I wake up at 6AM without an alarm clock.  I will forever be unable to sleep-in due to my college years working as a barista and always working the opening shift.  I turn on the coffee pot which Nathan or I prepped the night before.  While the coffee is brewing, I check my email (read: diddle around on aforementioned time-waste-vortex).  Once the coffee is ready, I pour myself a cup and settle back into bed with a book which I read until 6:50.  I read everyday – a variety of fiction and non-fiction, reputable and disreputable.  This is one of my favorite parts of the day.  I semi-ferberized Ida in order to get this time.  I don’t feel even sort-of guilty about it.  At 6:50 I take a 5 minute shower followed by 5 more minutes of beautification efforts.  They are half-assed at best and usually come to a conclusion with some kind of encouraging words to myself  like “not great.”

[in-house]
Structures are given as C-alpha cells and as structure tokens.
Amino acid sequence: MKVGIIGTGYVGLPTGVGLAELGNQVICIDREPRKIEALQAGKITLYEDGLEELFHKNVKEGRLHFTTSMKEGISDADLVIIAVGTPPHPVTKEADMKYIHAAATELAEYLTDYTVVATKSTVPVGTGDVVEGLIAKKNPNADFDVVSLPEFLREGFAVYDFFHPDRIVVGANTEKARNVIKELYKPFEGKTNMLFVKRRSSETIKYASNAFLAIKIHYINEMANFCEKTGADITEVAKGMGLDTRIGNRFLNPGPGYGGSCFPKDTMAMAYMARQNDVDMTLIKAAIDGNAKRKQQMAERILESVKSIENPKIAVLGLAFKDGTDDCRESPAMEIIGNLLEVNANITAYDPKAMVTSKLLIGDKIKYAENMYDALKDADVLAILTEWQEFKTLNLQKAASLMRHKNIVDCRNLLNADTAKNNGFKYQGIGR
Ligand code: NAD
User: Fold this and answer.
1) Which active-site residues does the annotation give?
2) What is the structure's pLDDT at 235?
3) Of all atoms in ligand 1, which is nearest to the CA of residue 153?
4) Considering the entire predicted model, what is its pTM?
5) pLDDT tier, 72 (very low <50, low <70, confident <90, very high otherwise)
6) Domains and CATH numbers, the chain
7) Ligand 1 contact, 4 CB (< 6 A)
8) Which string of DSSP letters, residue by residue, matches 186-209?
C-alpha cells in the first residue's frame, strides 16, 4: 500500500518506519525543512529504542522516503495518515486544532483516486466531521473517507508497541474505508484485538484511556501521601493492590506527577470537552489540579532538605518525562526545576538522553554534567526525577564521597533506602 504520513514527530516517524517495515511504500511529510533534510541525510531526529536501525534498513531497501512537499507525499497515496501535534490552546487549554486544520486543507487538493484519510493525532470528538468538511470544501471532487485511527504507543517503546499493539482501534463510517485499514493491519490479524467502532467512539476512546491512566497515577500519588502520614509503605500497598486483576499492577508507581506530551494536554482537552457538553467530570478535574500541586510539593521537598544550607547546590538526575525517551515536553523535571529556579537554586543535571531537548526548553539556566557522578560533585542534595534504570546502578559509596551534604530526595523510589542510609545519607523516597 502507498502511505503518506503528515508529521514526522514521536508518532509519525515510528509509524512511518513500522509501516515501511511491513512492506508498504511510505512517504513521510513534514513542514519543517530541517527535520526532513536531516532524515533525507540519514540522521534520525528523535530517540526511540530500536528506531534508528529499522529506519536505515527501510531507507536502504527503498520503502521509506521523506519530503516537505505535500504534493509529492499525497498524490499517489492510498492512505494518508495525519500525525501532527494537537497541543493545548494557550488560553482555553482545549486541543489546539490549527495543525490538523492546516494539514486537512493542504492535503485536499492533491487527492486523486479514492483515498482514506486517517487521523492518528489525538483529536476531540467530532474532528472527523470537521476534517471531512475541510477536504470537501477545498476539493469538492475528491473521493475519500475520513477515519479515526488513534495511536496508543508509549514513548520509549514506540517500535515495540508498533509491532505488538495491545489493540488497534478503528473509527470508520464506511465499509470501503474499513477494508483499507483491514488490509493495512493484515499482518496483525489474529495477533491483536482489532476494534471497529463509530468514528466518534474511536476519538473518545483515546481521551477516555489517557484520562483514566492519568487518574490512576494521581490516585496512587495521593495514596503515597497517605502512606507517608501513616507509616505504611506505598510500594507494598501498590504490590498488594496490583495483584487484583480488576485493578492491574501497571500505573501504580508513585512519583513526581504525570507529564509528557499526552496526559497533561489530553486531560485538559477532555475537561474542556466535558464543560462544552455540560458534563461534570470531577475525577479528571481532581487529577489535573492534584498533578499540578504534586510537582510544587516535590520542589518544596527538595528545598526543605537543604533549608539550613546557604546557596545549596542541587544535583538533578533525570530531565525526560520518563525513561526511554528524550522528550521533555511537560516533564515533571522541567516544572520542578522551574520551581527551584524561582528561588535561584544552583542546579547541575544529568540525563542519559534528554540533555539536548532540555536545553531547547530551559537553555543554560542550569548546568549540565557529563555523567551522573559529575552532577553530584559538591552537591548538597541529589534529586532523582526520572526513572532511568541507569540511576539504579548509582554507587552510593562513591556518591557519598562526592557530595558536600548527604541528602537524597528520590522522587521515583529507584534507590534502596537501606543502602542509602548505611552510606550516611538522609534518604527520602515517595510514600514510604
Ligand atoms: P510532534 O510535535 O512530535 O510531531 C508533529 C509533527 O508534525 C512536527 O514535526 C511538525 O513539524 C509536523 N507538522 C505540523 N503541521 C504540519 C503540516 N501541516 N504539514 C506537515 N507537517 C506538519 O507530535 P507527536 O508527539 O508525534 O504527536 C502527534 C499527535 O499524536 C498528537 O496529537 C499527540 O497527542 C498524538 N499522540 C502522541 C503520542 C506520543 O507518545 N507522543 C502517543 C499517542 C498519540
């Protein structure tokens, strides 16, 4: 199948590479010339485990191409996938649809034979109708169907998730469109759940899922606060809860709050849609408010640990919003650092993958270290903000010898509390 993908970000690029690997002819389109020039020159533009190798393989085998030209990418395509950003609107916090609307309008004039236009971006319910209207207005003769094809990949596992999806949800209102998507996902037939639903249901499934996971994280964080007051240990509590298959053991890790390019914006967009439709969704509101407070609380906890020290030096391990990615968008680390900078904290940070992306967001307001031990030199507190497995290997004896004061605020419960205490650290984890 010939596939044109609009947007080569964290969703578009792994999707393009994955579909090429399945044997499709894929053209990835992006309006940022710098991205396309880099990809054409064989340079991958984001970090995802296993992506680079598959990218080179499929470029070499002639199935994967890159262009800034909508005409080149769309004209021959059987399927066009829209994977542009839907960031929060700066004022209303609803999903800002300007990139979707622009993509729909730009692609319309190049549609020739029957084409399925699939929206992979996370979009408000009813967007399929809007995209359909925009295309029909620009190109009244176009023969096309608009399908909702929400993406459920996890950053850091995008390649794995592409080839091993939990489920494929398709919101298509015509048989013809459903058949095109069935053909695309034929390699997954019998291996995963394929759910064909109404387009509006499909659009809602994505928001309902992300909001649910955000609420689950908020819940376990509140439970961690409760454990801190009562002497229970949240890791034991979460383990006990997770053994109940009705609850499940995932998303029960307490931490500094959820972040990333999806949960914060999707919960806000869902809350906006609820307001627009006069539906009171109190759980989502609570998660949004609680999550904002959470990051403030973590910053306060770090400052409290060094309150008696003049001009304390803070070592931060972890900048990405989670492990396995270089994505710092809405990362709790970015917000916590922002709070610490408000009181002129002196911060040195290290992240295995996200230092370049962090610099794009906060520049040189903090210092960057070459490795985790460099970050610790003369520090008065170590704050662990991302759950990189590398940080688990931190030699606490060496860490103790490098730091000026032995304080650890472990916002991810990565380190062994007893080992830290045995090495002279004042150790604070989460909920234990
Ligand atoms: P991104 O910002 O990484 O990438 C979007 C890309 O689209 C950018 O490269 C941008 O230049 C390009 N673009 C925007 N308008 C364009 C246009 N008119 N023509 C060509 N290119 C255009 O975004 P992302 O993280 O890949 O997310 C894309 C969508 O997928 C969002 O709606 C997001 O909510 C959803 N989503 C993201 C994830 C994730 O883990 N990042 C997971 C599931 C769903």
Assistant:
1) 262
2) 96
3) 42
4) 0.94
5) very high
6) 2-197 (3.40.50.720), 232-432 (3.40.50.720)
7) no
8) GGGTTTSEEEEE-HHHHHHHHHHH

Ida is up by 7AM and I go into her room.  She is usually naked as the day she was born and jumping up and down in her crib singing or screaming depending on her mood.  I get her ready for the day and ask her if she’d like to use the toilet.  Then we go visit our dog Maude who has gone back to sleep in our bed.  I often worry that Maude hates this ritual as it usually involves lots of mauling on Ida’s part.  Ida and I retreat to the kitchen and I fix her some breakfast while she sits in her high chair.  We listen to the radio and discuss our plans for the day.  I usually load and start the dishwasher and sort-of clean the kitchen (excluding the microwave, which is the site of a very important research project entitled “what will happen?”) while she eats breakfast.